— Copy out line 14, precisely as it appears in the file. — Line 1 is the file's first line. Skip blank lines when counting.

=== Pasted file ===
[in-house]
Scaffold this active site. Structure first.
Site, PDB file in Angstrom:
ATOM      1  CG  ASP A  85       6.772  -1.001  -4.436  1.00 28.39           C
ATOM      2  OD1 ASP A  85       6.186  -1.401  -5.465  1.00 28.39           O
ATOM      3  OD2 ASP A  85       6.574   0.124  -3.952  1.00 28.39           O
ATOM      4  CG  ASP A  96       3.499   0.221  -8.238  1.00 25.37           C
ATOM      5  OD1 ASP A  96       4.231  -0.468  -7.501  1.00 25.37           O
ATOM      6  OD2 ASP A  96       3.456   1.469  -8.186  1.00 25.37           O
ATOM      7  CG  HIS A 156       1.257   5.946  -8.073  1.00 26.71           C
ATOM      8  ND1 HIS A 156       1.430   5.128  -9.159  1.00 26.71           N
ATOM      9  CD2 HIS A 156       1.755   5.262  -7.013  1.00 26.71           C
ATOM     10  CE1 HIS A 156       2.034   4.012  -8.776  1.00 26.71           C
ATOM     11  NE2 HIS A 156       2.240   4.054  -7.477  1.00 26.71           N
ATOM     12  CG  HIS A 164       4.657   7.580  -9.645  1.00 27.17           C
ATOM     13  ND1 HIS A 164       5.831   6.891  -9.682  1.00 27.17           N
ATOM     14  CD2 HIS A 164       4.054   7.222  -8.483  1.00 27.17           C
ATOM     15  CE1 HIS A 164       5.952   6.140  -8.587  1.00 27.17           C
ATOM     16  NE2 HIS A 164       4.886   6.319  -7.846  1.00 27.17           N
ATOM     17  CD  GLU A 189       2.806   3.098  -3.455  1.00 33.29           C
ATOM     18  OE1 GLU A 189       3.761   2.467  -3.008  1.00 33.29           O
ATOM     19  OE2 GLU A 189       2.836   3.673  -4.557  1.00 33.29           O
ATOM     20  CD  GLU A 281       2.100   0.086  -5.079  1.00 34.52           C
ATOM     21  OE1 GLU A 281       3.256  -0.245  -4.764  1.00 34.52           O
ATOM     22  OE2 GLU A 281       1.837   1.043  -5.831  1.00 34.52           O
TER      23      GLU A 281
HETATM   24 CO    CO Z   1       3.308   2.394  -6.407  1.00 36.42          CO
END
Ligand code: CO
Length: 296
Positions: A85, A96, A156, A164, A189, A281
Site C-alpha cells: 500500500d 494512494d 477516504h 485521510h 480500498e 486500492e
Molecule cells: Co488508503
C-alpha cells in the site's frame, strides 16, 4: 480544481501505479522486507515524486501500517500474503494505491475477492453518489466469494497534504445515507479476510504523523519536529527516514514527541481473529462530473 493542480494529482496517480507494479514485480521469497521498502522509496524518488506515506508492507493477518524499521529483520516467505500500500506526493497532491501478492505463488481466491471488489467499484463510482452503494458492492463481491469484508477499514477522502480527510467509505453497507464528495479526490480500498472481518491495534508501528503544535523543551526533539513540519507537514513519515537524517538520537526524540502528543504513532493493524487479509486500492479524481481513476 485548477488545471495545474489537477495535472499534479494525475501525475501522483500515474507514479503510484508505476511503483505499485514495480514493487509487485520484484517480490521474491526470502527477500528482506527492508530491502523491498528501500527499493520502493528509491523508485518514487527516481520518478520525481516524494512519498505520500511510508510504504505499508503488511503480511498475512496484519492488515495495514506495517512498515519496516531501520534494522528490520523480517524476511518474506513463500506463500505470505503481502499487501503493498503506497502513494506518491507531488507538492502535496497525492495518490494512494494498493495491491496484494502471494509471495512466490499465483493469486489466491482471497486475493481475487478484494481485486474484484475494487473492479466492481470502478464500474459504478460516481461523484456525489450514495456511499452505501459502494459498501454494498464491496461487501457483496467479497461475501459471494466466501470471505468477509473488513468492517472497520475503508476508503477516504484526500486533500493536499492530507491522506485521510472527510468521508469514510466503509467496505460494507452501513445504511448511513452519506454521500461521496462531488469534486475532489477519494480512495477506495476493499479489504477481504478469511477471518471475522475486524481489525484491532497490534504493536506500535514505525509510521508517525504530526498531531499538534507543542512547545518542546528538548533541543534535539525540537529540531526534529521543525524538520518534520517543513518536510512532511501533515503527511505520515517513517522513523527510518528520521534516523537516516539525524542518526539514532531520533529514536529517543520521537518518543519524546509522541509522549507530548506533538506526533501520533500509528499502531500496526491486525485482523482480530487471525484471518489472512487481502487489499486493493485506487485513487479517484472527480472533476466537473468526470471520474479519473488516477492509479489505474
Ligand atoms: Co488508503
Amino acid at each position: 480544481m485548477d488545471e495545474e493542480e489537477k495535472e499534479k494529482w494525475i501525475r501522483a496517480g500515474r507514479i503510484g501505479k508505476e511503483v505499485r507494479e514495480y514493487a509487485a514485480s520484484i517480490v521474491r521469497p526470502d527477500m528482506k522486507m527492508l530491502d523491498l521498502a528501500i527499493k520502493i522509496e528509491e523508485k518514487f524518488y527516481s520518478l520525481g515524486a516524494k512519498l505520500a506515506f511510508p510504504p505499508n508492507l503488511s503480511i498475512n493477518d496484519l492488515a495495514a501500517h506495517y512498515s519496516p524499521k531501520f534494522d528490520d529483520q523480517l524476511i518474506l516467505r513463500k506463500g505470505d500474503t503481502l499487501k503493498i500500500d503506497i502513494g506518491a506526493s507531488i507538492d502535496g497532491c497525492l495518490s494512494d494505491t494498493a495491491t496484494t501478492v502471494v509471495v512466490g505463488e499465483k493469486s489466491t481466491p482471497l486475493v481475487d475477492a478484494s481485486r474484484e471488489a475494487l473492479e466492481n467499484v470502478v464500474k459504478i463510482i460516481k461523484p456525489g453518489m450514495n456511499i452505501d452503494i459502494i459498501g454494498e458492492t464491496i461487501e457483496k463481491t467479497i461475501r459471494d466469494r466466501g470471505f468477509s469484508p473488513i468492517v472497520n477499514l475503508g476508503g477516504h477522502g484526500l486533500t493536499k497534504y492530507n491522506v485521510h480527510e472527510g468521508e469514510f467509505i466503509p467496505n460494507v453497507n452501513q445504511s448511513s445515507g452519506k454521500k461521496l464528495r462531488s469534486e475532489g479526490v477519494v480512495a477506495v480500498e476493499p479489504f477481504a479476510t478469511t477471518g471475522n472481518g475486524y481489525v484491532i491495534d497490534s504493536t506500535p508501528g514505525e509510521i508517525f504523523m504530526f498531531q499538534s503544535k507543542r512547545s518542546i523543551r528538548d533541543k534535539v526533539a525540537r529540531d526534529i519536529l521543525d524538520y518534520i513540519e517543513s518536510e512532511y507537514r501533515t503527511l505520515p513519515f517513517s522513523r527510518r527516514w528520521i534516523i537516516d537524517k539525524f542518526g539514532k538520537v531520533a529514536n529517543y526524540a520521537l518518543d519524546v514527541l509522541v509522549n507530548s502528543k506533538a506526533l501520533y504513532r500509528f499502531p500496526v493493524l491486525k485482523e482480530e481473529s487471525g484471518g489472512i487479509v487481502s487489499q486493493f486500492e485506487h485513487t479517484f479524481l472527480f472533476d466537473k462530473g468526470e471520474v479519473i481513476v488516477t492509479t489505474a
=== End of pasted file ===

ATOM     11  NE2 HIS A 156       2.240   4.054  -7.477  1.00 26.71           N